Company Born in an OR
Gene Robinson turned from salesman to precision manufacturer when he spotted a critical need in the operating room.
Gene Robinson, IMS Inc. founder
CEO Gene Robinson founded IMS Inc. (Integrated Medical Systems) in the late 1980s, based on what he observed going on in the operating rooms of hospitals. Working alongside scrub technicians, he saw how difficult it was for hospitals to ensure that the right equipment, in perfect condition, was ready on a surgeon’s schedule.
IMS was one of a handful of companies that started the new health-care segment of third-party repair of surgical equipment. The family-owned company now has a customer list that includes 2,500 health care facilities nationwide. It employs 300 workers in Birmingham and 850 nationwide. In the peak recession year of 2010, IMS’ sales grew 15 percent to a total of $92 million.
In addition to repair, the company’s services have grown to include on-site consulting and training and turnkey management of hospitals’ central sterile departments.
When I got into it, I was one of a few people around the country starting to do this—third-party repair and independent servicing of medical equipment. I started out as a Birmingham sales representative for Johnson & Johnson, selling spinal implants. I was always spending a lot of time in the operating room, providing technical assistance on the implants and the instruments that go with the implants. Just as with a car, every car has controls in a different place, and I was there providing technical assistance to the doctors and scrub techs. Just being in the operating room and seeing an instrument that is not performing the way it’s supposed to, because it has not been repaired on a timely basis, gave me a pretty significant insight into the business I started.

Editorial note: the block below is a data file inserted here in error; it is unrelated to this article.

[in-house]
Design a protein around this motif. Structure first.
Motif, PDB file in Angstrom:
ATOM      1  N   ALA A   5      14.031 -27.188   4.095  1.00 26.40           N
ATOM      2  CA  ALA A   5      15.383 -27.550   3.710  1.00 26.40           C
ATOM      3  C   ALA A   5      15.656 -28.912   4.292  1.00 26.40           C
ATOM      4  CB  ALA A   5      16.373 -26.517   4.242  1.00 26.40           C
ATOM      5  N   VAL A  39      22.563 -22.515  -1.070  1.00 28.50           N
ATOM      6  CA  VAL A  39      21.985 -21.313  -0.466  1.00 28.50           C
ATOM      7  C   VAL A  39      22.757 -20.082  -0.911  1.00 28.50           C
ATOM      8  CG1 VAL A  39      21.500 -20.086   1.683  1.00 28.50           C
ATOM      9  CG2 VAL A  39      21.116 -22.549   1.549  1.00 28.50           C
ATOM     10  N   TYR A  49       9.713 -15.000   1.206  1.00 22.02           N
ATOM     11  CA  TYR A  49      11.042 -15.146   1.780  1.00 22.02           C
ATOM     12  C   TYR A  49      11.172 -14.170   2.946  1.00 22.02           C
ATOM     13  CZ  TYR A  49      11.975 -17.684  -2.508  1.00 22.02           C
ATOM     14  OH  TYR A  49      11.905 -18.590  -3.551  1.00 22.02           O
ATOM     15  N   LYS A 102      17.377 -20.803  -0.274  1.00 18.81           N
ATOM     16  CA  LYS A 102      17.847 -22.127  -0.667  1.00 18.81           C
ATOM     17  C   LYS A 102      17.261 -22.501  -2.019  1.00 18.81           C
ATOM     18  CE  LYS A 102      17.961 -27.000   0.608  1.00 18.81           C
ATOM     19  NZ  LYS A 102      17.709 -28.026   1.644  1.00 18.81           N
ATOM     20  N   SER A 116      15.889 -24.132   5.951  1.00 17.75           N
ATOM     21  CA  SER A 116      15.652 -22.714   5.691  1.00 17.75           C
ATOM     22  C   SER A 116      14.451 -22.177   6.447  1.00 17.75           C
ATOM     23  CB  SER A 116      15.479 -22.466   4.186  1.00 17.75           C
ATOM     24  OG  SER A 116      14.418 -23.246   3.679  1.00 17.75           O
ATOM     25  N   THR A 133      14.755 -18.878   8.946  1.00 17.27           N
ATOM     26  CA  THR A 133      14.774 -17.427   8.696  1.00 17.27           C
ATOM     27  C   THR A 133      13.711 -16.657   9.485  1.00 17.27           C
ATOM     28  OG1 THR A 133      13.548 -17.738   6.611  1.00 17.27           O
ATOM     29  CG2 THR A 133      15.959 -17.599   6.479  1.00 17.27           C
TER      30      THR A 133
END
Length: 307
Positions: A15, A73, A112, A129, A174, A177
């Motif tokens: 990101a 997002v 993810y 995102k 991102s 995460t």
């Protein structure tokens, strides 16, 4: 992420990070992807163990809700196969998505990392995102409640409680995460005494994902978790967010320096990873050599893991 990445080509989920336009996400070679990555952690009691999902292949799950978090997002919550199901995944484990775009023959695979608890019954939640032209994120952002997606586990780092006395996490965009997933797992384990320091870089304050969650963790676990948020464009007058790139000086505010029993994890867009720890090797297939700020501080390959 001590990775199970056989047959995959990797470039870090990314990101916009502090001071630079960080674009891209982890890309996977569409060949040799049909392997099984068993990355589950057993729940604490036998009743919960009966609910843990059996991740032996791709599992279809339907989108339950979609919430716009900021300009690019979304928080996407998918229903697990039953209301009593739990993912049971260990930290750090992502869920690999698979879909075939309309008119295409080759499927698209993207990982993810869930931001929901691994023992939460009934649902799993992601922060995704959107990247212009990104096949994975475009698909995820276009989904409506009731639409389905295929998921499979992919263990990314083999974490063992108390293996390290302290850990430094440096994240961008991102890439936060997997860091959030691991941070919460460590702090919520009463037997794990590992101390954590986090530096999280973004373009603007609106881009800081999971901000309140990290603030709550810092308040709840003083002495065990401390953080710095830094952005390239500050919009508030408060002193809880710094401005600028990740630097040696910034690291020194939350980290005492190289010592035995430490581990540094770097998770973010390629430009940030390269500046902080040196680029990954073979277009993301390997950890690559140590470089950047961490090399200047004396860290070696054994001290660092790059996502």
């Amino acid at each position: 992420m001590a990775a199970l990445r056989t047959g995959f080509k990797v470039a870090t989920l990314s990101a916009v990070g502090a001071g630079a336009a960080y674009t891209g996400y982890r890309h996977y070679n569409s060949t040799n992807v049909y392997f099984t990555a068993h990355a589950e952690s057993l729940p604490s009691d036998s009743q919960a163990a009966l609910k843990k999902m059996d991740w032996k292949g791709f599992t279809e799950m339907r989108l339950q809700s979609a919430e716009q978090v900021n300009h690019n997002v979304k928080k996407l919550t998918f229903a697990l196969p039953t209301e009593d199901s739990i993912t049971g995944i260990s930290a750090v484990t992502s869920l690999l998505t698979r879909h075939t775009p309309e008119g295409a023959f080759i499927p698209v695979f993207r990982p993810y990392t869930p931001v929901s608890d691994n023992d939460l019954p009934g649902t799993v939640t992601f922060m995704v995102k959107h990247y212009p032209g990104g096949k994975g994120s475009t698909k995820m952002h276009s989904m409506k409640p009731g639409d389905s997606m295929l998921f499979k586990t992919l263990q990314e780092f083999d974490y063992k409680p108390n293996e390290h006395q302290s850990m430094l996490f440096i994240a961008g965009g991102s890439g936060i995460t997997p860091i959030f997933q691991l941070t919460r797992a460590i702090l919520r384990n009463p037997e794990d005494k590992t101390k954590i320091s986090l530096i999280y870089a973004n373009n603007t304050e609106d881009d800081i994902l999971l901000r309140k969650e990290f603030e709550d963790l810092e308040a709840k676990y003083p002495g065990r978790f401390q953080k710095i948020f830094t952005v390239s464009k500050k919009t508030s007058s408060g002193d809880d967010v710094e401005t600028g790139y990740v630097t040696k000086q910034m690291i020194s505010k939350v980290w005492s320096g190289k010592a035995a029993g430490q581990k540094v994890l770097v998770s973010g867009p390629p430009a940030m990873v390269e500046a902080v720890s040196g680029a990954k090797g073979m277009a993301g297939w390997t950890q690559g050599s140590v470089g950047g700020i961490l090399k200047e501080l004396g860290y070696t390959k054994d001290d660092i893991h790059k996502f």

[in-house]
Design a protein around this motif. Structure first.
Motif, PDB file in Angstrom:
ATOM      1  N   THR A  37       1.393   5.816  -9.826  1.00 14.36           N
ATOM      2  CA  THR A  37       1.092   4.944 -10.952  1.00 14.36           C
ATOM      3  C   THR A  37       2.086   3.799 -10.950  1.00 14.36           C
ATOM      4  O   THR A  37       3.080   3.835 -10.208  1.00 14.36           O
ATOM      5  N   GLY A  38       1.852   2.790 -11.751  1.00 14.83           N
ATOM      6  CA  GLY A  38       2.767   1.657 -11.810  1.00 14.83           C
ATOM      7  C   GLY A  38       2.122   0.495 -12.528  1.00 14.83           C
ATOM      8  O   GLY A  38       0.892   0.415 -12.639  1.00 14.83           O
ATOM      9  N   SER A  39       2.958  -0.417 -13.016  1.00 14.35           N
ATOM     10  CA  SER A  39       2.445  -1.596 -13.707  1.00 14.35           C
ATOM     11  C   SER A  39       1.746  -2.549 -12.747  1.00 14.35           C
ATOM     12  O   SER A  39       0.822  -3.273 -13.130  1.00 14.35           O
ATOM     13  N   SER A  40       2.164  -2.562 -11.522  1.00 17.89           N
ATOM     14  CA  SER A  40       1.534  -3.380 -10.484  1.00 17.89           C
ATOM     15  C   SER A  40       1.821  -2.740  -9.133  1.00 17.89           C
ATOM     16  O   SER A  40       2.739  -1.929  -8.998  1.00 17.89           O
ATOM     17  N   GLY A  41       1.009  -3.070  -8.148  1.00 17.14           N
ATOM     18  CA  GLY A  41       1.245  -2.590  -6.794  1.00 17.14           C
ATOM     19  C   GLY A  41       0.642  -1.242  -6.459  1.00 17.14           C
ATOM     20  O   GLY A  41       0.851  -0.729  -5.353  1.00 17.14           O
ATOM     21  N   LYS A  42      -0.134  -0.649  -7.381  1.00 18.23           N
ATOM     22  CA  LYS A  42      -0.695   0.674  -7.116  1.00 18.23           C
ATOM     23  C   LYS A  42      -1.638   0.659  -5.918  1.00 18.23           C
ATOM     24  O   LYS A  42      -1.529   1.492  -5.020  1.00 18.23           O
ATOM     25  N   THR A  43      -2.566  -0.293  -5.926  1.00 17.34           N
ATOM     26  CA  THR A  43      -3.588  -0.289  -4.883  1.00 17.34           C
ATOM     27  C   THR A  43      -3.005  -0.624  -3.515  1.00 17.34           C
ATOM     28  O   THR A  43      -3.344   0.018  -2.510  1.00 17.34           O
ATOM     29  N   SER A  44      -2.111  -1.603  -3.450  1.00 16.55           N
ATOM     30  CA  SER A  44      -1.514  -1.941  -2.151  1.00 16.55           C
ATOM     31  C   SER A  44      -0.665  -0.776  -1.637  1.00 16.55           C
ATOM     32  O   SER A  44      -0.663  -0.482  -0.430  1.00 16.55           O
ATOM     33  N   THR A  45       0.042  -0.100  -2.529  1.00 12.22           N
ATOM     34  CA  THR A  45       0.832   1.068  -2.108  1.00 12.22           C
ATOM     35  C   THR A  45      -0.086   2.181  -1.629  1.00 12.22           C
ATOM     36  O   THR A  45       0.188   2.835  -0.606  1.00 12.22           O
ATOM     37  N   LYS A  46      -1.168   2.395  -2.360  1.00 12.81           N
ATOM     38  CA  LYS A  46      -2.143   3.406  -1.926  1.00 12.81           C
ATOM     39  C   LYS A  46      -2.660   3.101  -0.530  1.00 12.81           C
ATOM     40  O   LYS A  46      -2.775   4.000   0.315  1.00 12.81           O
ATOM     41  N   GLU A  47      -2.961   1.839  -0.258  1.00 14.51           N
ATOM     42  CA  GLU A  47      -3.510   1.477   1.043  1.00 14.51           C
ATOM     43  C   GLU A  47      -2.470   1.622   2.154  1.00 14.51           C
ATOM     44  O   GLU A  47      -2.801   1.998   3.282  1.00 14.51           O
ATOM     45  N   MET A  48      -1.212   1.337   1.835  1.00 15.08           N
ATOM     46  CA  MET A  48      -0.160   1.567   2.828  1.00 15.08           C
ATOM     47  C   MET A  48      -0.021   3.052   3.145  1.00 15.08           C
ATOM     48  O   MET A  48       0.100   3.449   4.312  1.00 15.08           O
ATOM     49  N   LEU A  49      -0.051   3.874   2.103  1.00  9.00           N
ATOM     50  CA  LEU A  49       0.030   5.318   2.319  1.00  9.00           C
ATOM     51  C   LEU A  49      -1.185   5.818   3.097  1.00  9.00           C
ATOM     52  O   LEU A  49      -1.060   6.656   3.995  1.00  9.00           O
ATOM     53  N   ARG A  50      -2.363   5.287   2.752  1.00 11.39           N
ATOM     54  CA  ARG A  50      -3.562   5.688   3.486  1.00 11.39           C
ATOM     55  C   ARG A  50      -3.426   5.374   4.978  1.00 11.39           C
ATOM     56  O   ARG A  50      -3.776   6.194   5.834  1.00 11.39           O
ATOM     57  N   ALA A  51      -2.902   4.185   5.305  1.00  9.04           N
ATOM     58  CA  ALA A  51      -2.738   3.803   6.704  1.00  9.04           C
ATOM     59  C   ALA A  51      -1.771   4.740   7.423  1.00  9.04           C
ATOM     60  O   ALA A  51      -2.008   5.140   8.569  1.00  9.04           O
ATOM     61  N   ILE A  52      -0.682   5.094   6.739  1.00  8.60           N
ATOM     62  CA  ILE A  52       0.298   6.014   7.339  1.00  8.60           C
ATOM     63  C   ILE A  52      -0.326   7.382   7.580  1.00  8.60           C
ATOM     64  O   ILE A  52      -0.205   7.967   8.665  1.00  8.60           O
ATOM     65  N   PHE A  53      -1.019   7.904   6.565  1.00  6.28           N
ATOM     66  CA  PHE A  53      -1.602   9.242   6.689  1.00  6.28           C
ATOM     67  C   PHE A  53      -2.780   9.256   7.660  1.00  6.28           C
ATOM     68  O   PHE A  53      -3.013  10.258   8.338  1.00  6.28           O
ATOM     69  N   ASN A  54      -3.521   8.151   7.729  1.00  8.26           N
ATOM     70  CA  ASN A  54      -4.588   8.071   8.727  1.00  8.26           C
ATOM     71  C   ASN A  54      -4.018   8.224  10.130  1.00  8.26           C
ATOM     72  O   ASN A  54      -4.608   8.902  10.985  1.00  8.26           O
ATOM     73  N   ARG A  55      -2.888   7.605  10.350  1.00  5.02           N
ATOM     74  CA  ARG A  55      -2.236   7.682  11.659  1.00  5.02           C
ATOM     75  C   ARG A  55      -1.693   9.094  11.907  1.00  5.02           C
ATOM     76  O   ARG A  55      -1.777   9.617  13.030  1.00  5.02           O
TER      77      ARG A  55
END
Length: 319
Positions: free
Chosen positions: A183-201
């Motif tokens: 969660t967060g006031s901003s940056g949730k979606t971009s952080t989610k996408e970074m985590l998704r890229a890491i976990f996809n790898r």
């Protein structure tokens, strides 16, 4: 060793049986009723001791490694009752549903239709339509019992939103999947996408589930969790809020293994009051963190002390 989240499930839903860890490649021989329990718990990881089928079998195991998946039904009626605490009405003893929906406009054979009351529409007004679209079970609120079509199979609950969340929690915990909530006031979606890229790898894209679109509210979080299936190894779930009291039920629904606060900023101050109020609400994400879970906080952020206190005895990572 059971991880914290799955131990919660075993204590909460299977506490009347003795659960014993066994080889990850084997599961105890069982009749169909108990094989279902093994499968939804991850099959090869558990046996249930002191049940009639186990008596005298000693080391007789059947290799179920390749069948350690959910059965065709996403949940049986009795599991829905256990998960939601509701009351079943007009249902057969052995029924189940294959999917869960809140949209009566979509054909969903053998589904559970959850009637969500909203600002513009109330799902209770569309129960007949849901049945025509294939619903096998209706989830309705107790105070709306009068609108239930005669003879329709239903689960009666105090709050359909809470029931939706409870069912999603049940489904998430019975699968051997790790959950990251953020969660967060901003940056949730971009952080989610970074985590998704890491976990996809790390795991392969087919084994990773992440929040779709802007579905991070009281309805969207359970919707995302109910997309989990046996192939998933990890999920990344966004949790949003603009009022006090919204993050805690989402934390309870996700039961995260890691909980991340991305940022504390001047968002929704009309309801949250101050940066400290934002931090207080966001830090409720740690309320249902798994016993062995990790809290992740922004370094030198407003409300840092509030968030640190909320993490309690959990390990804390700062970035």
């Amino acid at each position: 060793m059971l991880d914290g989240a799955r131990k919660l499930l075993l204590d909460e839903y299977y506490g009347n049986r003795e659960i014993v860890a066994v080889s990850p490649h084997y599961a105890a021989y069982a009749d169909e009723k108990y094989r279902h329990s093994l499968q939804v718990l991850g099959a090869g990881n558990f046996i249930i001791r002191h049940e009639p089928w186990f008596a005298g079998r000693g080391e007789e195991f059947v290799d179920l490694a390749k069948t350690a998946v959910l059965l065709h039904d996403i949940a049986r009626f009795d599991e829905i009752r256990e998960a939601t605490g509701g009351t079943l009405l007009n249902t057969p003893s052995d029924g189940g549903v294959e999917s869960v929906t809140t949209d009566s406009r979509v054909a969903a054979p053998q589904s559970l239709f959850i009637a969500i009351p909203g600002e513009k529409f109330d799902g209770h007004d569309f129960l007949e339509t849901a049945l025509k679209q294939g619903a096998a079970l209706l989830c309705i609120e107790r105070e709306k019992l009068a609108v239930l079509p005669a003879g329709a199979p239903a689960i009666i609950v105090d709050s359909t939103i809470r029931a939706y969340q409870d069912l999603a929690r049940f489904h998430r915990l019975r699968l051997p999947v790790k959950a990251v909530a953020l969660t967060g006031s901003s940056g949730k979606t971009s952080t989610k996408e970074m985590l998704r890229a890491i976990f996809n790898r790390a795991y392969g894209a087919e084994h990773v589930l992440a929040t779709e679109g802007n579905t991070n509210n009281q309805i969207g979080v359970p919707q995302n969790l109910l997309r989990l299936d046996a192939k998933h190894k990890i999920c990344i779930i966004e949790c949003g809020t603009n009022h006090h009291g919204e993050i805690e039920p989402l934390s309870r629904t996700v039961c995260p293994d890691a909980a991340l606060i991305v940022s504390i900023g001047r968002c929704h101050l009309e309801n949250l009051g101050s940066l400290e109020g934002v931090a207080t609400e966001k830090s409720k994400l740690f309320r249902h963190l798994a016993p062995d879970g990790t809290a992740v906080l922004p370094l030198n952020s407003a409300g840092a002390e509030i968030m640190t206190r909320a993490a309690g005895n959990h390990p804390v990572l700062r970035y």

What was driving the business back then, in the ’90s, wasn’t so much cost as time. When a hospital has an inventory that includes so many drills and they send one out for repair, they want to know when it will be back in inventory. But they were sending them back to manufacturers for repair and six weeks later the hospital still didn’t know where their equipment was and when it would be back. Or the manufacturer calls and says the equipment is over five years old and they don’t service it any more.
From the beginning, we have been in the business of process improvement. First repair, then into the servicing of equipment, then consulting. It all has to do with the instrument-ready mentality. When the surgeon is ready to operate, the instrument is there and will work like it should. Most recently, we have gone into the management of hospitals’ central sterile departments. That’s where they clean all the instruments and route them into trays to be sterilized and then put into inventory to be ready for the next use. The hospitals outsource that process to us. We can take over the whole department. The employees become our employees. We also do management consulting and sometimes just education, seminars on the care and handling of equipment. You’re talking about fine German and Japanese-engineered instruments that are very delicate and have to be handled properly.